Different theoretical approaches have discussed the role of transport and communication infrastructures in the expansion and consolidation of the state through geographic integration, territorial legibility and centralization of power (Lefebvre 2009; Scott 1998; Mann 1984). Generally, these circumscribe such infrastructures to the state domain, leaving aside the role of non-state actors in their conception or construction. Our interest here is not, however, to include a new typology of infrastructure, but to discuss, based on its analysis, the participation of such actors in its conception and development and, in doing so, to understand the local dynamics of state building. In other words, instead of assuming infrastructure as an inherent corollary to the process of expansion and consolidation of state power in peripheral areas or areas outside its control, we approach infrastructure as a set of practices and relationships through which this power is confronted and (re)configured in and from its margins. Thus, we argue, following Trouillot (2001), that the materiality of the state resides not so much in the institutions or places of government, but in the power relations and the way in which these relations produce certain spatialities for the deployment of power.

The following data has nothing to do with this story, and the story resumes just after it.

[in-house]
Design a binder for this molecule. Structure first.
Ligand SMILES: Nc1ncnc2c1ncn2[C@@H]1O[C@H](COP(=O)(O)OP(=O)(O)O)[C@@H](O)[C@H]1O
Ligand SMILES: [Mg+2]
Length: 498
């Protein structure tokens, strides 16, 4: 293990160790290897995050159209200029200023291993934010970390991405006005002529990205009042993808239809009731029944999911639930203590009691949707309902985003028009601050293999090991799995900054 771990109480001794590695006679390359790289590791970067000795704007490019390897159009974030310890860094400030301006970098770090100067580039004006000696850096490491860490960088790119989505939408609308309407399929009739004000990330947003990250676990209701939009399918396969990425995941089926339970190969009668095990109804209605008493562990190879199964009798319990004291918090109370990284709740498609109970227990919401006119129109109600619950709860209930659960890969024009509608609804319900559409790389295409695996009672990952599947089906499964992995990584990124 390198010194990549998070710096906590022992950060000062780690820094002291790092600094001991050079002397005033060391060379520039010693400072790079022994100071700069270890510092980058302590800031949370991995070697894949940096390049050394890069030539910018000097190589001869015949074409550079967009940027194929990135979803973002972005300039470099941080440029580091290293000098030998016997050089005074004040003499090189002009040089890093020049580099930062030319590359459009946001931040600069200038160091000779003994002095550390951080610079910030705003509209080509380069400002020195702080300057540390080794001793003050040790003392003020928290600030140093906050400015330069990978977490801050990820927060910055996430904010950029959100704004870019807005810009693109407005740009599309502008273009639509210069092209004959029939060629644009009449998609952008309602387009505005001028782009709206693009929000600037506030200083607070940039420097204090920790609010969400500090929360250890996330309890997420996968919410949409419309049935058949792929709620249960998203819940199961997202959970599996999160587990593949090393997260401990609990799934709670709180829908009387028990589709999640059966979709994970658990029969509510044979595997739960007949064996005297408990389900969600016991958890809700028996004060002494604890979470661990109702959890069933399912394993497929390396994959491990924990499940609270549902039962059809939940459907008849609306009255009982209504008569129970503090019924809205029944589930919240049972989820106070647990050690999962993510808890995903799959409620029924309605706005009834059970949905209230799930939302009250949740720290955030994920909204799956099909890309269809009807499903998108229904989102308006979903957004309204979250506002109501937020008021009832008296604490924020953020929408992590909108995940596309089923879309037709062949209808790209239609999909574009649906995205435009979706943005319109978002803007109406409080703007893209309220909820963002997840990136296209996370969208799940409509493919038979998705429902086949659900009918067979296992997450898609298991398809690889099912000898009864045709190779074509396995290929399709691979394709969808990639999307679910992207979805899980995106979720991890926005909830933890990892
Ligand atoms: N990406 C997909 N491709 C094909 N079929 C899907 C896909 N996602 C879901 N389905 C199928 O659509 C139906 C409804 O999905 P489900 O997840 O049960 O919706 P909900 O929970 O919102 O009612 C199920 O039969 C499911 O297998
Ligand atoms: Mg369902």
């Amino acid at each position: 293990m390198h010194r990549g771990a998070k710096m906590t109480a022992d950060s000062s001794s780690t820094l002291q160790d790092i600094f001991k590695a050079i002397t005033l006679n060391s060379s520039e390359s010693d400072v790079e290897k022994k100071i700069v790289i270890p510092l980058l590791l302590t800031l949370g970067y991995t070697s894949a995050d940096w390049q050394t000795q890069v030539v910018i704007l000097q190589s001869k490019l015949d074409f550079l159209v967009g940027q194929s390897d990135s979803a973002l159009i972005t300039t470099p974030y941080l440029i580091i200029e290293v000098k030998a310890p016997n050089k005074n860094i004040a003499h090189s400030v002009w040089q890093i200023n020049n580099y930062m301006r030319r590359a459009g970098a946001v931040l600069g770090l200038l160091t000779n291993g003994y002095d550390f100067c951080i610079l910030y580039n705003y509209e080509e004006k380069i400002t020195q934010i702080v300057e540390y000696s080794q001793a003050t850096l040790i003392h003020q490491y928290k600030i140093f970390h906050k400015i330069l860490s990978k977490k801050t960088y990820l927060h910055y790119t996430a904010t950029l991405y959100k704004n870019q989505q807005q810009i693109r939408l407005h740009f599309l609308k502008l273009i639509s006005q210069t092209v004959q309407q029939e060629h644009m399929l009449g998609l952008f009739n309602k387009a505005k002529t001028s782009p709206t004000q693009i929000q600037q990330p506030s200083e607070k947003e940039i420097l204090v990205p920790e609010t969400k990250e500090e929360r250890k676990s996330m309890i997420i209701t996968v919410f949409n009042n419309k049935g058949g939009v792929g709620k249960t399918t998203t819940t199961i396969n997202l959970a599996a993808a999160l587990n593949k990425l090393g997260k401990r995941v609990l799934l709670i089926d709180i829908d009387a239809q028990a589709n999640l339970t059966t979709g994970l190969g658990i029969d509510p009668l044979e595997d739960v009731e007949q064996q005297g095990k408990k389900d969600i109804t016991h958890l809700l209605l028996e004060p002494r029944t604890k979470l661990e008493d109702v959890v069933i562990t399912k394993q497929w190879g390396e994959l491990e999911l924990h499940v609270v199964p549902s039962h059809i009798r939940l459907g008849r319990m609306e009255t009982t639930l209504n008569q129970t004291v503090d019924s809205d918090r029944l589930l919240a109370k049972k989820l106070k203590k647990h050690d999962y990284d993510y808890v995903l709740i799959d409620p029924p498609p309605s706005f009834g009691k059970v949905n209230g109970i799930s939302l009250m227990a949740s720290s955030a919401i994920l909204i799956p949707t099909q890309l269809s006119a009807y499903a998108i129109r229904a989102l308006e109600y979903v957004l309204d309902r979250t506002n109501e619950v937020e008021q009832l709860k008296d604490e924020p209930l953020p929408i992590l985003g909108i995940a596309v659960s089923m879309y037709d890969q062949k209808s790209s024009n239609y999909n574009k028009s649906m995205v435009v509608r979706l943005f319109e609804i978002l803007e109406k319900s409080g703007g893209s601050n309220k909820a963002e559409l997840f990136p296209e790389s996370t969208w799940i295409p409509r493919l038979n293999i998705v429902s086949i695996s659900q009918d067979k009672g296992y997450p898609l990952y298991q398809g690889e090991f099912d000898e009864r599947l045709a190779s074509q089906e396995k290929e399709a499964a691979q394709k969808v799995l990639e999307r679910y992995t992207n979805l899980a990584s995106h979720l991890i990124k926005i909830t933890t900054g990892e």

While there is growing interest in the study of the dynamics of local configuration of the state in Colombia, this has focused mainly on the analysis of organizational, partisan or identity elements (Torres 2011; Ramírez et al. 2010; Bolívar 2006). Our emphasis on infrastructure seeks to go beyond these dynamics by examining the material relations that traverse the state and, in turn, how the materiality of infrastructure reveals transitions between different political orders at local and national scales. In this sense, the article seeks to contribute to recent discussions on the relationship between politics and infrastructure (Anand, Gupta, and Appel 2018; Harvey and Knox 2015; Acevedo-Guerrero 2019; Uribe 2019), as well as analyses that situate this relationship in contexts of armed conflict (Peñaranda, Otero and Uribe 2021; Bachmann and Schouten 2018; Kernaghan 2012).